Picture of Open Access badges

Discover Open Access research at Strathprints

It's International Open Access Week, 24-30 October 2016. This year's theme is "Open in Action" and is all about taking meaningful steps towards opening up research and scholarship. The Strathprints institutional repository is a digital archive of University of Strathclyde research outputs. Explore recent world leading Open Access research content by University of Strathclyde researchers and see how Strathclyde researchers are committing to putting "Open in Action".


Image: h_pampel, CC-BY

Hidden ties in international new venturing: the case of portfolio entrepreneurship

McGaughey, S.L. (2007) Hidden ties in international new venturing: the case of portfolio entrepreneurship. Journal of World Business, 42 (3). pp. 307-321. ISSN 1090-9516

Full text not available in this repository. (Request a copy from the Strathclyde author)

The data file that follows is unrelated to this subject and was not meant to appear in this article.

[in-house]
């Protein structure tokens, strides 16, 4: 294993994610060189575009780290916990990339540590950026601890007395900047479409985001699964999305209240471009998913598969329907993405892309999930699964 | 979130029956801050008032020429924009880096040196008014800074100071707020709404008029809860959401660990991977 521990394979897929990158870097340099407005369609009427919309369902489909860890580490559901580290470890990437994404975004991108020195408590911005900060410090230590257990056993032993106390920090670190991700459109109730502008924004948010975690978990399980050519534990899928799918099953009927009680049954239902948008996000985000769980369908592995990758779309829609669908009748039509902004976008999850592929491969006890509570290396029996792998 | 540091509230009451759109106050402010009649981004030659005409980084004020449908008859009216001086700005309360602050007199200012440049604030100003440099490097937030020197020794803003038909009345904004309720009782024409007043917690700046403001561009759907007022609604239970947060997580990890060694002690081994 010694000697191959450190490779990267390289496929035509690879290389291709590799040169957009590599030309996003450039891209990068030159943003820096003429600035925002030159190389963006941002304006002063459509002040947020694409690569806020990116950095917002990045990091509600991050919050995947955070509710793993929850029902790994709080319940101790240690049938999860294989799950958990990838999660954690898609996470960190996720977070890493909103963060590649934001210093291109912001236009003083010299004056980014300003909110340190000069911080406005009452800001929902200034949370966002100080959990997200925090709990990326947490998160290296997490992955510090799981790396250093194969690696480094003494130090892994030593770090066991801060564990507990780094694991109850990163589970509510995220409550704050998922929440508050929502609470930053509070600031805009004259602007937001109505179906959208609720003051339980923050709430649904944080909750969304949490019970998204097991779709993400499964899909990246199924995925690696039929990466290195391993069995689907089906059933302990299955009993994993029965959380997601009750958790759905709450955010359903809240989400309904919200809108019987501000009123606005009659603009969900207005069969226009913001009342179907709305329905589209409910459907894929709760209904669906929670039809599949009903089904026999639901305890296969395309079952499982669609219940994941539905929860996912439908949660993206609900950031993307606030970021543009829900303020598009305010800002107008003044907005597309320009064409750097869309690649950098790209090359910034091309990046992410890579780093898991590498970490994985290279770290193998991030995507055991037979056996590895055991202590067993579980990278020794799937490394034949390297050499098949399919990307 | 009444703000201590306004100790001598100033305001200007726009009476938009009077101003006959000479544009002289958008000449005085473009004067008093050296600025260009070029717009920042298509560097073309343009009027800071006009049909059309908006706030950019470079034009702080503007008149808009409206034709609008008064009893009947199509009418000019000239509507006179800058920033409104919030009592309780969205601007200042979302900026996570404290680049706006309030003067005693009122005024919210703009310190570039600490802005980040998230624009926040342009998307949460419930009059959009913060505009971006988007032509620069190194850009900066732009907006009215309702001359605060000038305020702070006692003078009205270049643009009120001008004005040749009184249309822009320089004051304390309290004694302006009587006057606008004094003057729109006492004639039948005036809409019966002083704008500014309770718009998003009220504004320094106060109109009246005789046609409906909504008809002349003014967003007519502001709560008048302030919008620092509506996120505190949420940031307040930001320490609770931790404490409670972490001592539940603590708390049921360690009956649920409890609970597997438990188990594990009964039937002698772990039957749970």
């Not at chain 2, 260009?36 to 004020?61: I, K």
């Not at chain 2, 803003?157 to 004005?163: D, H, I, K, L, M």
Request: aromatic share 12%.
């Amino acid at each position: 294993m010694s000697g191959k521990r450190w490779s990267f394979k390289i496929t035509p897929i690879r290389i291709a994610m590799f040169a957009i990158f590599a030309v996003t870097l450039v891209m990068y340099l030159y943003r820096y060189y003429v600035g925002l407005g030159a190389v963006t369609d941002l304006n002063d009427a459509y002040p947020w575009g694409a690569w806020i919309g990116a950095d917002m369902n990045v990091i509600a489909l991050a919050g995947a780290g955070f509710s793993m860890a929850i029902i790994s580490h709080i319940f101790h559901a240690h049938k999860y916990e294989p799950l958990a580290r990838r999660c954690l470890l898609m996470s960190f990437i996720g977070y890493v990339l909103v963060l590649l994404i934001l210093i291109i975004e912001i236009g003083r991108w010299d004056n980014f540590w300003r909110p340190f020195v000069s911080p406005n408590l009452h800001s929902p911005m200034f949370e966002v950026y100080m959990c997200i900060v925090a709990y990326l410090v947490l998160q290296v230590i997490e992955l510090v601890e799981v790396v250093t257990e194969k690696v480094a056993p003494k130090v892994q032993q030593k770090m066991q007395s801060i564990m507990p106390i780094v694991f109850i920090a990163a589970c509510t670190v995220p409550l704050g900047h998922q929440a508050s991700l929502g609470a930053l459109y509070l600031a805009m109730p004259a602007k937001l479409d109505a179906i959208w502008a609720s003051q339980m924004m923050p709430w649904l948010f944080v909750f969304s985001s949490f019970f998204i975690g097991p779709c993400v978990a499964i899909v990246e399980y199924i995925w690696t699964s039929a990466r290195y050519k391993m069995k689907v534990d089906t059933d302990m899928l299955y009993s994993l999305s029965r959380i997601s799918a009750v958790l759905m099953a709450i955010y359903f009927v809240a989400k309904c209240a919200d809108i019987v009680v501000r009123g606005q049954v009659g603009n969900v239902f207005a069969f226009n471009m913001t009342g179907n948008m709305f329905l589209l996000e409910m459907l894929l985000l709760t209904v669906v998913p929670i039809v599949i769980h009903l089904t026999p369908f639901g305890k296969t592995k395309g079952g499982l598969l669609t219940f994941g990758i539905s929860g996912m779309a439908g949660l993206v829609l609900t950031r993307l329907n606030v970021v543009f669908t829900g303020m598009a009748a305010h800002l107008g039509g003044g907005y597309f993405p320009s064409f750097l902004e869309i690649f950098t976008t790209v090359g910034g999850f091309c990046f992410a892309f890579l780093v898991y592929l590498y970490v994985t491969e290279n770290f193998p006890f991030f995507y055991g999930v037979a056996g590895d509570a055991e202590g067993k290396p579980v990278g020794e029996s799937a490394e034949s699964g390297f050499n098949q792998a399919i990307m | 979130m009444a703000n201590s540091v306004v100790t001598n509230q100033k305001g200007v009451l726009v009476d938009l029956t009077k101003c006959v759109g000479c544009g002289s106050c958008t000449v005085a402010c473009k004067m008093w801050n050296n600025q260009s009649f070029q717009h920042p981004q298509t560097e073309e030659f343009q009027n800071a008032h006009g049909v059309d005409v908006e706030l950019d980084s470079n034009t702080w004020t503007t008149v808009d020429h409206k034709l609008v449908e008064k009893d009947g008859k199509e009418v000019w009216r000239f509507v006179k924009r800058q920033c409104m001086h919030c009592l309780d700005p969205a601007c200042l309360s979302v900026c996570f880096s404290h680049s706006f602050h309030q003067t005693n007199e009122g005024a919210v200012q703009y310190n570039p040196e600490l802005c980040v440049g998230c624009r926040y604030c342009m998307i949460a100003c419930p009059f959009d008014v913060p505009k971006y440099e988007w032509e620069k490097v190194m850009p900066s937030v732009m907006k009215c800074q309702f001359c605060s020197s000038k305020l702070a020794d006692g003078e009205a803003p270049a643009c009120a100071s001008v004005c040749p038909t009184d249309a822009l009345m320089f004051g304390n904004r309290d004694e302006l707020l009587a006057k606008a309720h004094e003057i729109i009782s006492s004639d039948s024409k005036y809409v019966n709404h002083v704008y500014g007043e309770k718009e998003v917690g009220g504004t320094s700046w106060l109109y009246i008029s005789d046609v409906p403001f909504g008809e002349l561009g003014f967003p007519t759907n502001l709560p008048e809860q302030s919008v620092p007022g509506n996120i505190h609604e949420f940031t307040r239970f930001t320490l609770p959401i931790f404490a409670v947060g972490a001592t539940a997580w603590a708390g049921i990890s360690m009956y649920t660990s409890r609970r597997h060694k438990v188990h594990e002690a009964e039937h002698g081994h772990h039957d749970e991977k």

A hitherto neglected phenomenon in international new venturing is portfolio entrepreneurship, which occurs when entrepreneurs found, own, manage and control more than one business at a time, with ownership of the new venture being distinct from that of the existing business ventures. This study introduces the phenomenon of portfolio entrepreneurship in international new venturing through a longitudinal study of a cluster of small and medium enterprises (SMEs) in Tasmania, Australia, where 6 of 11 firms in the cluster were international new ventures (INVs). The pattern of international portfolio entrepreneurship pursued by the Tasmanian entrepreneurs and coupling between firms is described. Key findings include the ability of portfolio entrepreneurs to leverage high-discretion slack resources, positive legitimacy spillovers, and learning effects and experimentation across loosely coupled INVs in the portfolio. The findings also identify dysfunctional elements of portfolio entrepreneurship, and cast doubt over the conventional use of 'the firm' as the focal unit of analysis in INV studies. A particular contribution of this study is to remind us of the richness and pluralism inherent in international new venturing.